This Chris Holbrook collagraph print shows the artist’s use of ink, graphite, colored pencils and chine colle.

Chris Holbrook is a printmaker by discipline and a homespun expressionist. He has formal and conceptual affiliations with the Chicago Imagist School as well as other regional artists known for idiosyncratic narratives infused with a decidedly Midwestern funk and philosophy. His work is quasi-DaDaist — conceptually dark but tinged with humor and enabled with exceptionally inventive draftsmanship. He moves with ease from folk figuration to ultra-textured planar abstraction.

Some passages in Chris’ work are facsimiles of drawing and printmaking conventions across inland America. He has inherited a sensitivity to form and narration present in the works of regional artists like David Driesbach, Karen Kunc, Lloyd Menard, David Becker, Tony Fitzpatrick and Suellen Rocca, fiercely independent artists who toy with primitivism. The obsessively noirish oeuvres of east coast artists like Robert E. Marx and Leonard Baskin have also influenced him but his assemblage compositions are his own delightfully dislocated and fragmented speech. His work abounds with outsider art symbolism — rife with creatures formed from ritual afflictions and indulgences. Like the above artists, he personalizes a fundamental visual core of early modernism — a Picasso-esque flare for interpreting progressive art language in normative theatrical formats. Vernacular portraits and claustrophobic spaces are rendered in tragi-comic flair.

The artists mentioned above have a connection apart from any stylistic or methodological similarity. Their work, like Chris’ work, has been fully formed, theorized and vetted in a culture outside the dominant, and exclusionary, coastal art-market. Its significance lies in part that it is radically connected to anecdotal impressions of rural, small town and suburban Americana — finely tuned into extraordinarily independent works that extinguish the flames of Midwestern provincialism. To be sure, the academy has made a home for much of this innovative work. There is a hierarchy of practitioners, many now professor emeriti who have held court and populated Big Ten university art collections for decades. Chris is an heir, tethered, like so many formidable alumni, to the university culture of cities like Madison, Iowa City, Lincoln, Neb., Bloomington Ind., Vermillion S.D., Knoxville, Tenn., DeKalb, Ill. and Peoria. Their art provides cultural distinction and history to their communities –- a paucity dependent on evolutionary cycles that have lasted as long as the coastal mono-culture that assumes the Modernism’s legacy.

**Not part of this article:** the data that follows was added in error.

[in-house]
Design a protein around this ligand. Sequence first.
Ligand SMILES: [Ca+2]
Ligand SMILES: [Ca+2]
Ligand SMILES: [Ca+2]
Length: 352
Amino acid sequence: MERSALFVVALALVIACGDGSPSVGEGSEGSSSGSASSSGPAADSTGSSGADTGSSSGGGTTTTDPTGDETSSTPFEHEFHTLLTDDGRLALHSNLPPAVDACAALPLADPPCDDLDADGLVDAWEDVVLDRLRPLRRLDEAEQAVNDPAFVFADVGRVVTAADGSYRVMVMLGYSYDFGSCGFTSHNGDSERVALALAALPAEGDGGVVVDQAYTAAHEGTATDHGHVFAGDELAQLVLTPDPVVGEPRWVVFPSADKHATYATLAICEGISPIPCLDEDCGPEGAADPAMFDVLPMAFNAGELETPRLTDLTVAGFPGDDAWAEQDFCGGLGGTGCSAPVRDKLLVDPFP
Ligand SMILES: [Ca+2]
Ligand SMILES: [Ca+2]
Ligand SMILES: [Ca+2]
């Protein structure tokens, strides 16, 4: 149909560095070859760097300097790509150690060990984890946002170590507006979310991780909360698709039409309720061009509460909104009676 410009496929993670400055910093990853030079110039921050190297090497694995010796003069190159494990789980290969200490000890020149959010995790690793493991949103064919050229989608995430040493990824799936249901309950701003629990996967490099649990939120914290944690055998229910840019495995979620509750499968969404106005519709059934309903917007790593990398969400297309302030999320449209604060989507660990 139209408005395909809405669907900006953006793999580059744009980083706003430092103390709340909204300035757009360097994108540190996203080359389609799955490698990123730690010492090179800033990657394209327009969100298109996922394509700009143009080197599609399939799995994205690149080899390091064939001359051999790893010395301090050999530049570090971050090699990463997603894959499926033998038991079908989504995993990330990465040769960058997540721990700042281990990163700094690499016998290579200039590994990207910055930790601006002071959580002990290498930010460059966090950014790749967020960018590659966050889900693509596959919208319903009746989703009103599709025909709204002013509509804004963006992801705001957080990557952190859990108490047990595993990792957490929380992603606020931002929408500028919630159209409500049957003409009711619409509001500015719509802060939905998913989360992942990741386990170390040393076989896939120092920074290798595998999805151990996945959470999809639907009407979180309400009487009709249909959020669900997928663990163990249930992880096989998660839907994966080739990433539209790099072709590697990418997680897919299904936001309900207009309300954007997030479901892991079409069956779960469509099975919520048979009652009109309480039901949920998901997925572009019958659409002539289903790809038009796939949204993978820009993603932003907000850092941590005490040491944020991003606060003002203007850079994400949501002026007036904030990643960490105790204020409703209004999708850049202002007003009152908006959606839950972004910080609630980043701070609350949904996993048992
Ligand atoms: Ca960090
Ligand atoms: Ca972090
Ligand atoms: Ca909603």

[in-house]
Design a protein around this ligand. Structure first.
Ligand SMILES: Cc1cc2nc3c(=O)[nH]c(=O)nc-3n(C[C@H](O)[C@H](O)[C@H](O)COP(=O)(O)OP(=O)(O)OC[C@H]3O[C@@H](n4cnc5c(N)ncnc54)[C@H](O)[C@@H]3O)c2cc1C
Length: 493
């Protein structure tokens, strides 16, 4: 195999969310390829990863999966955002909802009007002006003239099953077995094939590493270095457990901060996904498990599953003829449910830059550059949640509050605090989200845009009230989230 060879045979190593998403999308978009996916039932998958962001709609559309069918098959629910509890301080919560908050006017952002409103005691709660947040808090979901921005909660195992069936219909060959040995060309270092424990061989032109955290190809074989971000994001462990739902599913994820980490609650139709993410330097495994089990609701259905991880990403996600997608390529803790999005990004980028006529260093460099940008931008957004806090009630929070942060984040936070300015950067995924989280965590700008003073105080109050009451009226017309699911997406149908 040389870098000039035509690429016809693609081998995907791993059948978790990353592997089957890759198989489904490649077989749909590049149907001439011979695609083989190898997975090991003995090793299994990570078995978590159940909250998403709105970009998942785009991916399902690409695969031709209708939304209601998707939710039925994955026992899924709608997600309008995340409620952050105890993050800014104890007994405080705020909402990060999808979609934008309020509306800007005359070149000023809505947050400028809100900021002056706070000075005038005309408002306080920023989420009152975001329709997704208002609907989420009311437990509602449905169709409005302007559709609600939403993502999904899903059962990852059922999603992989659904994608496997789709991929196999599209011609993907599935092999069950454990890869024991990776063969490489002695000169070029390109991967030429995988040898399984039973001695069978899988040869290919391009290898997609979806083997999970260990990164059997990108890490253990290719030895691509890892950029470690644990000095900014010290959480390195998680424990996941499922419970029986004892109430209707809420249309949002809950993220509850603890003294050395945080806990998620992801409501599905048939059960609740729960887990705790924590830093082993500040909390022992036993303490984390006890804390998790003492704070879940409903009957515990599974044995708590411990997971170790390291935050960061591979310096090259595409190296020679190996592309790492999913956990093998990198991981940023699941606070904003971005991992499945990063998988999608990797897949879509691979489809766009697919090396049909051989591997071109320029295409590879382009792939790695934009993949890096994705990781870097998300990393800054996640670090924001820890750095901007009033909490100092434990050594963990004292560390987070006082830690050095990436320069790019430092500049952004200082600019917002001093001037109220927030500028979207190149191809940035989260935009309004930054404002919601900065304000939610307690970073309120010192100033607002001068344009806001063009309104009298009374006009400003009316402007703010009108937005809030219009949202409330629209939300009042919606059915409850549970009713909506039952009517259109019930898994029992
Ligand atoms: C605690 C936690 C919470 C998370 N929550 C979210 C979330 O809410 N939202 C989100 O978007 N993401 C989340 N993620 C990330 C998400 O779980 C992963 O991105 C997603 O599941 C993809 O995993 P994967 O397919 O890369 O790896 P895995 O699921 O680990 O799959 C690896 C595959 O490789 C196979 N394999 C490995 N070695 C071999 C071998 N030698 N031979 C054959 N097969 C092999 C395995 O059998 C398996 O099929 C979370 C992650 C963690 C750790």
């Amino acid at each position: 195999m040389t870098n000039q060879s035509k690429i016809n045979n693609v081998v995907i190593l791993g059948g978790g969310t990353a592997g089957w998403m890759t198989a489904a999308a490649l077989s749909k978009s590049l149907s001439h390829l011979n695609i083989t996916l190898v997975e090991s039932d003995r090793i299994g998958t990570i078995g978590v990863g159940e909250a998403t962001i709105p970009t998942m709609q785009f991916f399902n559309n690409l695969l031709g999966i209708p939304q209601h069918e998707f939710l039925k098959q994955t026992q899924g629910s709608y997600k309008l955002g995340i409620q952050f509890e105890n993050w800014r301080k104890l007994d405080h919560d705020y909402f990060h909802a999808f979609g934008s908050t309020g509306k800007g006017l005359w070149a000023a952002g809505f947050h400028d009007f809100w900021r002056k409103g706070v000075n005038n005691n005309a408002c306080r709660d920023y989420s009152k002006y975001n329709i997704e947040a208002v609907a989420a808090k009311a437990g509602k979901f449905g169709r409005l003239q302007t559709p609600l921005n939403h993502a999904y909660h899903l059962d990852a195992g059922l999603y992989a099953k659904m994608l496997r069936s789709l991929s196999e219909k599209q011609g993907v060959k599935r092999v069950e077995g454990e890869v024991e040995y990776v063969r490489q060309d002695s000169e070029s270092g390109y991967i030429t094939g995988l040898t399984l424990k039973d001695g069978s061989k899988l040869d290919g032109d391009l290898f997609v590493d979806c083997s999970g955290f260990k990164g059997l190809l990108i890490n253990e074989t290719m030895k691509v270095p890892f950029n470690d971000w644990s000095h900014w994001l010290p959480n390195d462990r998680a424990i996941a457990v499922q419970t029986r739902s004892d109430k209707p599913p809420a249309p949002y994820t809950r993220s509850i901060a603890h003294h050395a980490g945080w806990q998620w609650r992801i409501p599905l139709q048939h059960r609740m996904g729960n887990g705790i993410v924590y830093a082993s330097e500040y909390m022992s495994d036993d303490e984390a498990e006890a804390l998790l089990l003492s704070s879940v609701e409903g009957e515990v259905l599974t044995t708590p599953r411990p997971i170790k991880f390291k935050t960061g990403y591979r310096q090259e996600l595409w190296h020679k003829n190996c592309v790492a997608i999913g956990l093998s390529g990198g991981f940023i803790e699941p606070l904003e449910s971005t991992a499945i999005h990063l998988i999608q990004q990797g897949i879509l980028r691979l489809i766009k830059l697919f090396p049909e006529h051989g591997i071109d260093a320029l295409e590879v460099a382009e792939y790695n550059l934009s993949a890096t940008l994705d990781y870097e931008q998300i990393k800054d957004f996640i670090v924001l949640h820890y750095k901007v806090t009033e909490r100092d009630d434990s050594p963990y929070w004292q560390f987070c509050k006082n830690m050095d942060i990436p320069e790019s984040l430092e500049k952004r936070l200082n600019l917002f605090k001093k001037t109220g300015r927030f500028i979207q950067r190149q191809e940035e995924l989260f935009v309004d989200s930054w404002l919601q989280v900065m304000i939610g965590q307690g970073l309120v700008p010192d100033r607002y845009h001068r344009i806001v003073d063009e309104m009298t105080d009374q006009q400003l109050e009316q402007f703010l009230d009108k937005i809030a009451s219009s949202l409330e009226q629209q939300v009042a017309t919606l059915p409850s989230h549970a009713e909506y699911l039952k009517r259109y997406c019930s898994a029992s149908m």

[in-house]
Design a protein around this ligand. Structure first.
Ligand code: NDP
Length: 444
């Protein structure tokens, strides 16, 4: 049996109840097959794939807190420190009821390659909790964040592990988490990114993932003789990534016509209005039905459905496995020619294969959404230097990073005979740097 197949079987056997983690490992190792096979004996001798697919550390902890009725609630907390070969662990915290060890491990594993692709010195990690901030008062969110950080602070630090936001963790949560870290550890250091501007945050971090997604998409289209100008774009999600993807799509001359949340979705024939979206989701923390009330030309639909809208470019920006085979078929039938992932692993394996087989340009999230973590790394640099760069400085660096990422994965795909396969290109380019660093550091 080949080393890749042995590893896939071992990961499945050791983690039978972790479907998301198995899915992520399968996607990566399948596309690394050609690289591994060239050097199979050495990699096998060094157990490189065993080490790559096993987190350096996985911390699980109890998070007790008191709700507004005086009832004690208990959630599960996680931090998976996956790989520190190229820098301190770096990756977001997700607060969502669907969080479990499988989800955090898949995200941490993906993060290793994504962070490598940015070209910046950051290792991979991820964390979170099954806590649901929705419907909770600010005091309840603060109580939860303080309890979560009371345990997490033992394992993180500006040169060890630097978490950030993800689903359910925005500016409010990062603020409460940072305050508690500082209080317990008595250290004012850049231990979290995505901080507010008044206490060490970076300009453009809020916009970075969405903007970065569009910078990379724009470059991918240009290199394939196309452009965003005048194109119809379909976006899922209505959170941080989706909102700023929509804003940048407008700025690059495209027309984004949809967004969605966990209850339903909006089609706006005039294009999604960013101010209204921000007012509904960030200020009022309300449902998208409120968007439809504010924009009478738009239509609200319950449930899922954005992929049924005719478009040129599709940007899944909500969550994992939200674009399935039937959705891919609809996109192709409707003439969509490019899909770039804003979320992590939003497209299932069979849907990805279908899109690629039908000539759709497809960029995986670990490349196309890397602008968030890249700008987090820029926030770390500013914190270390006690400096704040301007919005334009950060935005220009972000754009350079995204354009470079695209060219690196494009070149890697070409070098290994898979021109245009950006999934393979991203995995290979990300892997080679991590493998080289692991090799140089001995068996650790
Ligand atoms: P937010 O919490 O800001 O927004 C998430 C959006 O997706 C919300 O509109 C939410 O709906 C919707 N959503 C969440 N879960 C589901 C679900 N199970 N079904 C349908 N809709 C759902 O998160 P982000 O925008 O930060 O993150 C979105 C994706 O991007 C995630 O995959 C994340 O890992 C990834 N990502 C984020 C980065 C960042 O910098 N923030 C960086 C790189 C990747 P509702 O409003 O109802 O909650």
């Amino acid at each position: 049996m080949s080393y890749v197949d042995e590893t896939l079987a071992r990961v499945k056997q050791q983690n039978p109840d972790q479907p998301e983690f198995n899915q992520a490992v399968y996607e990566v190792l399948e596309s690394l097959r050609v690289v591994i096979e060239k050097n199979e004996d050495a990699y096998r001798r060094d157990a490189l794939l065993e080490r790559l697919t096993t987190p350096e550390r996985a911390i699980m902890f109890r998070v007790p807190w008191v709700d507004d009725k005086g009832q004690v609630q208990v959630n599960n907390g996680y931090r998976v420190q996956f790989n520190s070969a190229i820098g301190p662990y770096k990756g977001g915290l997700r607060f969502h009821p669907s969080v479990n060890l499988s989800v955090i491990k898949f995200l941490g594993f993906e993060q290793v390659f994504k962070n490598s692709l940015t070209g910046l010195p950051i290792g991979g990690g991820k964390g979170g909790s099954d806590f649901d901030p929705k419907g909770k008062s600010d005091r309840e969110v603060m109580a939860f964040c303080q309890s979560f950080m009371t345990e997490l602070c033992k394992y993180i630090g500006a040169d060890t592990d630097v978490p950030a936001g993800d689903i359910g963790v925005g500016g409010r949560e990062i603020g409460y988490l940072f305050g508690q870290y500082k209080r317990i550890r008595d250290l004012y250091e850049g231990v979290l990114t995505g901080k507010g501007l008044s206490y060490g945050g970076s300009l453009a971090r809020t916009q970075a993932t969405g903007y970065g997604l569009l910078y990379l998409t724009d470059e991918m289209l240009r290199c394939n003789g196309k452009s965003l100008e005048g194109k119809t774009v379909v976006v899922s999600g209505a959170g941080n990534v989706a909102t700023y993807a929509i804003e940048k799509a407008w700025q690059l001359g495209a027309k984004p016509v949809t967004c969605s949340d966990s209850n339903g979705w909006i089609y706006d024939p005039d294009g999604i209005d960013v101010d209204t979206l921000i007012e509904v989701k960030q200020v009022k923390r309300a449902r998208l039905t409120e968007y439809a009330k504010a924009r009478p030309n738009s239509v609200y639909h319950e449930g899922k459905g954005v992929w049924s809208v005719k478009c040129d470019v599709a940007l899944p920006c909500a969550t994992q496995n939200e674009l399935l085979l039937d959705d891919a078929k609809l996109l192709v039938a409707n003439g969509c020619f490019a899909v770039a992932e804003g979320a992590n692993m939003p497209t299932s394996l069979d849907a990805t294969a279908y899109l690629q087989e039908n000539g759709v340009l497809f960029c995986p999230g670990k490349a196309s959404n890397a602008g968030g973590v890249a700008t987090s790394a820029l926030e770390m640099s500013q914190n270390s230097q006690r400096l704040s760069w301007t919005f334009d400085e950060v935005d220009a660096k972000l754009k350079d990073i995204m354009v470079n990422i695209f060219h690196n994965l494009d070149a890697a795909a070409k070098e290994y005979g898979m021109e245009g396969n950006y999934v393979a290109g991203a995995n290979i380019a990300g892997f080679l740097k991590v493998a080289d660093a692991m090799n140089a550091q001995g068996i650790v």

Holbrook also obsesses over cryptic abstractions — byzantine, game-filled anti-narratives. Their logic can be deceptively simple or unresolvable, trembling under their own mass, or scurrying back in the shadows of cubes, columns and cruciforms. Structures are imagined, erased, forgotten, re-membered, and then re-designed on a circular path to an initial idea or image. His collagraphs employ a graphic process that relentlessly investigates, re-adjusts and re-stages imagery with ink, graphite, colored pencils and chine colle to make incredibly dense monotypes. They’re just as consuming as his narrative work and viewers still have to unravel their softer logic.

Holbrook recently was confronted with a health crisis that demanded his complete attention, and it culminated with a positive, self-researched medical intervention. His productivity had to be re-focused on surviving and now he’s poised to get back in the studio. When asked if his now manageable condition might change his work he replied that mortality, whether expressed in parody or dread, had been a standard part of this repertory for some time. Now we have the pleasure of watching him replenish his interrupted world/project/imagination.

Paul Krainak

1 comment for “

  1. Billie Howd
    November 6, 2017 at 5:17 pm

    Great article on a very accomplished artist we are proud to call our own in Peoria. Also an excellent human being.

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